Sports security and corruption experts in London say the Olympics seem clean, but there still big problems elsewhere, especially with match-fixing and illegal gambling.
LONDON, UK (AUGUST 8, 2012) (REUTERS) - The London Olympics have been free of the match-fixing by criminal gangs that is undermining sports around the globe, an anti-corruption watchdog said on Wednesday (August 8).
But success in London should not blind anyone to the threat posed by a toxic combination of organised crime and unlicensed bookmakers, many of them based in South East Asia, the International Centre for Sport Security (ICSS) said.
The International Olympic Committee (IOC) had been concerned that criminals could target the Olympics and it has set up an information point in the athletes' village helps to warn competitors of the risks. Athletes can take an online multiple choice test to help drive home the message.
It seems to be working so far. However, the Games have been marred by cases of competitors playing to lose group games to try to engineer an easier route to gold.
Eight badminton players from China, South Korea and Indonesia were disqualified for trying to throw matches for that purpose.
ICSS Director of Sport Integrity Chris Eaton, a former policeman in Australia and head of security at FIFA, told Reuters in London on Wednesday: "Well I think it's going very well. I think the IOC has been true to its word, to protect the integrity of athletics for instance and for Olympic competition. I think (IOC President) Jacques Rogge and the IOC deserve an accolade for the way they have tackled the integrity issues that have cropped up -- not very many at all of course. The decision on the badminton teams that underperformed: I think an exemplary decision and one that shows a message to all sports."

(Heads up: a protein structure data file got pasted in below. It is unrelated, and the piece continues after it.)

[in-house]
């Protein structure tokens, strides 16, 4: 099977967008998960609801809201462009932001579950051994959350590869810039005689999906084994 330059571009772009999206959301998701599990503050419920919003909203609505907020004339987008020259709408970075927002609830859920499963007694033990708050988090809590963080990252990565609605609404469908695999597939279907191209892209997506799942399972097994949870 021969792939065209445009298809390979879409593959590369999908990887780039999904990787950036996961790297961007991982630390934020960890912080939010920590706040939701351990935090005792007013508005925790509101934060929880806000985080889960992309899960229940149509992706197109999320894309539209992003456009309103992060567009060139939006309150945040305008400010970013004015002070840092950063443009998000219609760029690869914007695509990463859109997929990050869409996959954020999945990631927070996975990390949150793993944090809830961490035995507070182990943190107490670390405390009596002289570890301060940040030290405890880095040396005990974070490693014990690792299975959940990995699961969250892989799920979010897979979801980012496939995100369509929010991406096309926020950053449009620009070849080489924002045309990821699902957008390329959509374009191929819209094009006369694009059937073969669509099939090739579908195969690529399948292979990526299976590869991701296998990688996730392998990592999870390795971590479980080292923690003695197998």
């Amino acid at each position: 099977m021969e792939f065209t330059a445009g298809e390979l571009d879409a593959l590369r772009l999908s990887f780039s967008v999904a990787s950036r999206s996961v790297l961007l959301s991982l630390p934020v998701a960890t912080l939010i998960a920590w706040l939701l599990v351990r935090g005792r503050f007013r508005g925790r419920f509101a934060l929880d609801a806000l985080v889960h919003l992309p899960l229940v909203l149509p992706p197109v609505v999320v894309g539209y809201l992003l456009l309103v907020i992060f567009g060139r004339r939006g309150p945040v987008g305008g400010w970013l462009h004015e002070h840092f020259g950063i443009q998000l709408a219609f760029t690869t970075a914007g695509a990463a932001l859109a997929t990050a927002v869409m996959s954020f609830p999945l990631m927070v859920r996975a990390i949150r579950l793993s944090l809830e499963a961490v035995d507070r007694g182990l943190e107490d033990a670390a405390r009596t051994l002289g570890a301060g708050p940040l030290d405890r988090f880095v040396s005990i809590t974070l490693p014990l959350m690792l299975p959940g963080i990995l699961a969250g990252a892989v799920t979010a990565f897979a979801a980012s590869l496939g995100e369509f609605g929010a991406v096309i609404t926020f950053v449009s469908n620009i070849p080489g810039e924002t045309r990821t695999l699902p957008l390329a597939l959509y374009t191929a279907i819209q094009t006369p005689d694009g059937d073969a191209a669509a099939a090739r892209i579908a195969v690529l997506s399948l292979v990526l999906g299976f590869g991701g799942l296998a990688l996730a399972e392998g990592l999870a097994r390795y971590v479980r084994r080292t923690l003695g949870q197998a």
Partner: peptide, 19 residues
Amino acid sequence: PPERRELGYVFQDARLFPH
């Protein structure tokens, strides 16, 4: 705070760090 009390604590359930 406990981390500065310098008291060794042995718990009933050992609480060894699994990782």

A fixing-free Olympics comes in spite of rampant corruption and fixed competitions elsewhere, however.
"Well I think the, the root of the problem is there's the poorly regulated and unregulated, you have both in fact. You have, well you have three; you have illegal, totally illegal gambling houses as well that operate in cash and they are very significant in size in South East Asia. But it is in fact the unregulated and poorly regulated that we need to bring out of the dark, bring them into the light of regulation, so we can see who is manipulating the, the gambling outcome," said Eaton.
He said an estimated one trillion U.S. dollars is gambled on sport each year -- three billion dollars a day -- and mafia gangs are attracted to match-fixing because it is a way of laundering cash.
Eaton said the fight against corruption in sport can be won, but sporting regulators have to put their own houses in order and not expect the police to do it all.
"No this, (of) course it can be won, it can be won by sports themselves, by properly regulating and putting in their good monitoring mechanisms and match control mechanisms, appointing refereeing mechanisms. We need to have a fit-and-proper persons test for many key positions in sport. I mean, there are a variety of tools that sport can adopt to protect itself. And it's very important that sport protects itself because police won't do it for them," said Eaton.
The ICSS is a not-for-profit organisation based in the Qatari capital of Doha which campaigns on sporting security, safety and integrity.